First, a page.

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Iranian Space program

aryobarzan

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@K210 Next time you are sitting in a "North Korean" synagogue..praying for Iranian space failures..remember NOOR-2 is now taking photos of interesting places and by the way while you are at it tell this fellow ignorant fool (Benny Gantz) that "chabahar" and Qeshem are in the Persian gulf and not in middle of Iran..:azn::azn:
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Hack-Hook

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@K210 Next time you are sitting in a "North Korean" synagogue..praying for Iranian space failures..remember NOOR-2 is now taking photos of interesting places and by the way while you are at it tell this fellow ignorant fool (Benny Gantz) that "chabahar" and Qeshem are in the Persian gulf and not in middle of Iran..:azn::azn:
View attachment 821982
I doubt Noor or Noor 2 have any game changing surveillance capability
 

sha ah

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It likely weighs 8 KG. Omid which was put into orbit in 2009 weighed around 27 KG. It's a nice morale boost but nothing more. The space agency, you can criticize their failures all you want but atleast they're trying to place a 100 kg payload into space and realistically the last time only the last stage failed.

I doubt Noor or Noor 2 have any game changing surveillance capability
 
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TheImmortal

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I doubt Noor or Noor 2 have any game changing surveillance capability

Tough to put “game changing” capabilities in a cube sat. Still no unfolding solar panels or in orbit thrusters. Unfolding solar panel tech was supposed to be tested back in 2012, heard nothing since then. Even a prototype was built.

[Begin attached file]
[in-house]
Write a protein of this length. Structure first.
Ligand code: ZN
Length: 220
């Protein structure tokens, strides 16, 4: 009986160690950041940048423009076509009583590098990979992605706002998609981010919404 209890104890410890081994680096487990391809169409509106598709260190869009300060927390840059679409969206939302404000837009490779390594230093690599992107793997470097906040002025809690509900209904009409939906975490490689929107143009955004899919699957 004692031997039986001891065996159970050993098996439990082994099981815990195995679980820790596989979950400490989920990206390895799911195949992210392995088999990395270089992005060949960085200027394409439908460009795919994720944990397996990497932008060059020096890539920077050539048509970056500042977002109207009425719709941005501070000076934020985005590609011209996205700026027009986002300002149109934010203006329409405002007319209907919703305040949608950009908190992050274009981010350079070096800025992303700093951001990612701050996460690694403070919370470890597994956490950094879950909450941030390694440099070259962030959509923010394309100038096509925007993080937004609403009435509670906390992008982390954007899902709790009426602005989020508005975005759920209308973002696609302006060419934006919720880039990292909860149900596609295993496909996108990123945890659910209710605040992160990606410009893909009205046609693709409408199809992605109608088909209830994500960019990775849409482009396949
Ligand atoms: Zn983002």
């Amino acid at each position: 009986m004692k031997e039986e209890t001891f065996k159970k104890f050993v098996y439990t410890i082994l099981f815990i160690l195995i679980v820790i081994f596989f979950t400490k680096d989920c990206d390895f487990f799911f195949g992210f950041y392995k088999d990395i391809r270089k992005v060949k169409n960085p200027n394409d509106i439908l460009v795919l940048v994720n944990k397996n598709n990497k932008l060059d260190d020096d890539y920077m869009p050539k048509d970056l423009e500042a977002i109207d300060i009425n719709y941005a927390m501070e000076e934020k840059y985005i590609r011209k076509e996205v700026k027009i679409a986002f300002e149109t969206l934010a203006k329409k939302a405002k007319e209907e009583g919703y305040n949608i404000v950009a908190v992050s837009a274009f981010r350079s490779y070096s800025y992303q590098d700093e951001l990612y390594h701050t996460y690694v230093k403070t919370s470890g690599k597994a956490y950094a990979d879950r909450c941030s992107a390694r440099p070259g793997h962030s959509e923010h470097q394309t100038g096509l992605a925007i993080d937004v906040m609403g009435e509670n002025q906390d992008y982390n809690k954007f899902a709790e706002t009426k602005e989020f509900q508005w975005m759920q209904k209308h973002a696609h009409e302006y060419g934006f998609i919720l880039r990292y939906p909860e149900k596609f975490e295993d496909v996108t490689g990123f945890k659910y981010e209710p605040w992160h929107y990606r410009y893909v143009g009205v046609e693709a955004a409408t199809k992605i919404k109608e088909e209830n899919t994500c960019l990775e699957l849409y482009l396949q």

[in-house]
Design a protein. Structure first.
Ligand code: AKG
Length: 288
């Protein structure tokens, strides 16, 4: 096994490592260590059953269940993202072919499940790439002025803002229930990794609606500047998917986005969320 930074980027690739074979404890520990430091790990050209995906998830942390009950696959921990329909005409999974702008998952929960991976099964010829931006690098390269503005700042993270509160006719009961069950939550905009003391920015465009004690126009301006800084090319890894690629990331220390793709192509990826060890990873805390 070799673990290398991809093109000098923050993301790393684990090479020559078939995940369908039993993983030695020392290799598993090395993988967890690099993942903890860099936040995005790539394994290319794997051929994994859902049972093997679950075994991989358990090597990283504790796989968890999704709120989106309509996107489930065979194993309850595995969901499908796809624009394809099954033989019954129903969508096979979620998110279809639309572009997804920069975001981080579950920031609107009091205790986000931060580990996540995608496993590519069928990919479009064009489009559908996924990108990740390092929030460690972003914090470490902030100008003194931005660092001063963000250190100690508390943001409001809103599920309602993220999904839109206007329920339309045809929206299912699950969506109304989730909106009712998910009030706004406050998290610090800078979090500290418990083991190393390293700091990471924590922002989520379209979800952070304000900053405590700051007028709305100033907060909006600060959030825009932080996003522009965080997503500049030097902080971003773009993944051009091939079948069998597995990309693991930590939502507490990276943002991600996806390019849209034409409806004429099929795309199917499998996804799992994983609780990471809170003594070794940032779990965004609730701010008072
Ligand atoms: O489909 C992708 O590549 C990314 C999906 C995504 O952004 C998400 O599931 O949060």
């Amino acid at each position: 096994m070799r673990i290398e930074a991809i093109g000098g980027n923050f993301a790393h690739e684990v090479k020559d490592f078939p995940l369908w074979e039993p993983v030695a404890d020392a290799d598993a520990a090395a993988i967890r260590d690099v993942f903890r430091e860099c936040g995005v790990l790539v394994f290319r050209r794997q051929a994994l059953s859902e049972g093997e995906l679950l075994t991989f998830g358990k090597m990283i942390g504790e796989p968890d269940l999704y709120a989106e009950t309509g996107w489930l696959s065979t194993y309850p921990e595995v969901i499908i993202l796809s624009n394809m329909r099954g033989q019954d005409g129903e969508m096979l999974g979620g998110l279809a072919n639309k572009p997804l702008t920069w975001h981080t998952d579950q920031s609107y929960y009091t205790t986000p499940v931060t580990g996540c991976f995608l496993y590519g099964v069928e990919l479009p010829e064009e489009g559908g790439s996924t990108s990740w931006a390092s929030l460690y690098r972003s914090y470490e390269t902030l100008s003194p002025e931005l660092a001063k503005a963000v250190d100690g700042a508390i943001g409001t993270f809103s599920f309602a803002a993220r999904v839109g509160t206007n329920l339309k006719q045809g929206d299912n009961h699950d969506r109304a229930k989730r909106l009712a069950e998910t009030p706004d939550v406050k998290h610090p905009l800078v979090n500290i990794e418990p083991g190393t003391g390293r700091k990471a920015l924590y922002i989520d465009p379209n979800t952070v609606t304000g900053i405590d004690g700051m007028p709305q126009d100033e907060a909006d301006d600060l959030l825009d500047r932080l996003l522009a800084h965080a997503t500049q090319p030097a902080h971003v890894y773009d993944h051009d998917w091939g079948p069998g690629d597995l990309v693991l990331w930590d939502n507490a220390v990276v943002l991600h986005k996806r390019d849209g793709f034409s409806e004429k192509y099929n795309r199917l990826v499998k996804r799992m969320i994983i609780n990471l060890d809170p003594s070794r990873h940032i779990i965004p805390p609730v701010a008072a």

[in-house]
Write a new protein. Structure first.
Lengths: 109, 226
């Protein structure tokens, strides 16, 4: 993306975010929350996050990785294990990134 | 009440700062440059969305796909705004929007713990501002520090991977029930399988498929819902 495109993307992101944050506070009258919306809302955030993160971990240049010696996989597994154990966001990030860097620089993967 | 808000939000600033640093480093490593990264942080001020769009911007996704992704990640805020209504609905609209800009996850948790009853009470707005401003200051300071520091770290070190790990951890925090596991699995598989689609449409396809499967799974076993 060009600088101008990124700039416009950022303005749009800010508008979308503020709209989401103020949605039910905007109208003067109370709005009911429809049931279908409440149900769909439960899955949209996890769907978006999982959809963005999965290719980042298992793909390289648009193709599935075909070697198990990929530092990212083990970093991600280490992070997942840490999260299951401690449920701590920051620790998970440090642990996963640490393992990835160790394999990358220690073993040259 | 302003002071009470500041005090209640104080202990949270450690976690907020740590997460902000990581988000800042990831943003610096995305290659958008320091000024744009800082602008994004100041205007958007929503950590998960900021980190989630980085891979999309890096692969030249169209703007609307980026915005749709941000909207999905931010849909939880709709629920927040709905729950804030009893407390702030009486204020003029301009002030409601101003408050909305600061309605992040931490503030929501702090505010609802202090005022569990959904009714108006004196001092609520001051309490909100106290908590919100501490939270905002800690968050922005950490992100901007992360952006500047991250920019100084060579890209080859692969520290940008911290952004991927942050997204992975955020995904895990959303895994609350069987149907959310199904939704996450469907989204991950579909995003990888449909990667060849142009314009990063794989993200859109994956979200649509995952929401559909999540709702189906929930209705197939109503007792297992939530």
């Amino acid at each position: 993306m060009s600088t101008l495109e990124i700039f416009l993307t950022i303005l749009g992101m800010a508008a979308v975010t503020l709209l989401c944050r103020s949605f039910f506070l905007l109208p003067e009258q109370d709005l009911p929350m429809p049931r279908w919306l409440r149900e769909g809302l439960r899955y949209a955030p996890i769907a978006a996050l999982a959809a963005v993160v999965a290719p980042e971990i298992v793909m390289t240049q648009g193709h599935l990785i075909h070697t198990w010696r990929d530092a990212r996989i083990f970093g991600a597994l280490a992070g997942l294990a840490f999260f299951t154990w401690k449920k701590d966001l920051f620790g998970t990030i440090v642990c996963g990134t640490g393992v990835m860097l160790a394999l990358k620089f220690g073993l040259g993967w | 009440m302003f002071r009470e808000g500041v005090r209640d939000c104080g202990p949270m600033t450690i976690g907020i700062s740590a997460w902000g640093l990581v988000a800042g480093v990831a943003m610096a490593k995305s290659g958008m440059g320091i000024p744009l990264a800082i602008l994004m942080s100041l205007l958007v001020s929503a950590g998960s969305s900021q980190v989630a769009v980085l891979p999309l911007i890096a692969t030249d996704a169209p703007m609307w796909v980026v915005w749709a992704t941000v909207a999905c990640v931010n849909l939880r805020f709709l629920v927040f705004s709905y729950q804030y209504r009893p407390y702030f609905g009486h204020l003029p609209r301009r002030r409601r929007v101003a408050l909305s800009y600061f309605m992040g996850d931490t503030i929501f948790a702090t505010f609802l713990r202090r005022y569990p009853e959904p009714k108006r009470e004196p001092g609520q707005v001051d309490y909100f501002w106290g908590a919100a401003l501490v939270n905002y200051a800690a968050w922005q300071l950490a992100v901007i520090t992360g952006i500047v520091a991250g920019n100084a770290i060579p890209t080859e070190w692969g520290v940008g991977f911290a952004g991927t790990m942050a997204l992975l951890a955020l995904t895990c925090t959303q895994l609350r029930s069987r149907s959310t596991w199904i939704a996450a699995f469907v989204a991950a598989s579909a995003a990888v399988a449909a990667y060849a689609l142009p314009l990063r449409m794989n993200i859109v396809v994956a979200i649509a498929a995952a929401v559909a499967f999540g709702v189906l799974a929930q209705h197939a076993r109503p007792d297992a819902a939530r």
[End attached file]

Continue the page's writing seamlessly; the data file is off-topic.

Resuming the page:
This is basically 1980’s tech at best. Which is very peculiar because It is 2022 and Iran has access to latest tech raw materials, supercomputer modeling, etc. etc. and open source information to get a jump start in this field.

How can a nation that is working on quantum computing tech, not be able to develop a more modern satellite in over 13 years? They just don’t go hand in hand, it’s illogical at best.

So whatever the reason is (forget speculating), Iran def has the capability for more modern sats. I’m not saying they can come close to EU or USA public satellites (NASA or ESA imaging capability) let alone spy satellites that are usually 10-20 years ahead of public tech. But Iran doesn’t really need that at this time.

It just needs sats that can help drone guidance and weapons guidance (outside of wartime) as well as easier Intel imaging and keeping track of enemy strategic forces movement (air defenses, radars, military bases, etc.) to be able to better update war plans.
 

sha ah

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It's not 1980's technology, it's today's technology but onboard a very tiny satellite. It's like a 6u cubesat, and each u weighs no more than 1.3 kg so it likely weighs no more than 8 kg. For reference the Omid satellite launched in 2008 weighed 27 kg.

It's not that Iran can't produce better satellites, it's the fact that Iran hasn't been able to place a sufficient payload into orbit successfully. The last Simorgh launch had a payload of around 100 kg and it failed.

These are the quality of images that Nour-1 can capture. Not that impressive to be honest. Still only 9 countries in the world can even do this by themselves but still we Iranians have higher expectations.

image.jpg


Tough to put “game changing” capabilities in a cube sat. Still no unfolding solar panels or in orbit thrusters. Unfolding solar panel tech was supposed to be tested back in 2012, heard nothing since then. Even a prototype was built.

This is basically 1980’s tech at best. Which is very peculiar because It is 2022 and Iran has access to latest tech raw materials, supercomputer modeling, etc. etc. and open source information to get a jump start in this field.

How can a nation that is working on quantum computing tech, not be able to develop a more modern satellite in over 13 years? They just don’t go hand in hand, it’s illogical at best.

So whatever the reason is (forget speculating), Iran def has the capability for more modern sats. I’m not saying they can come close to EU or USA public satellites (NASA or ESA imaging capability) let alone spy satellites that are usually 10-20 years ahead of public tech. But Iran doesn’t really need that at this time.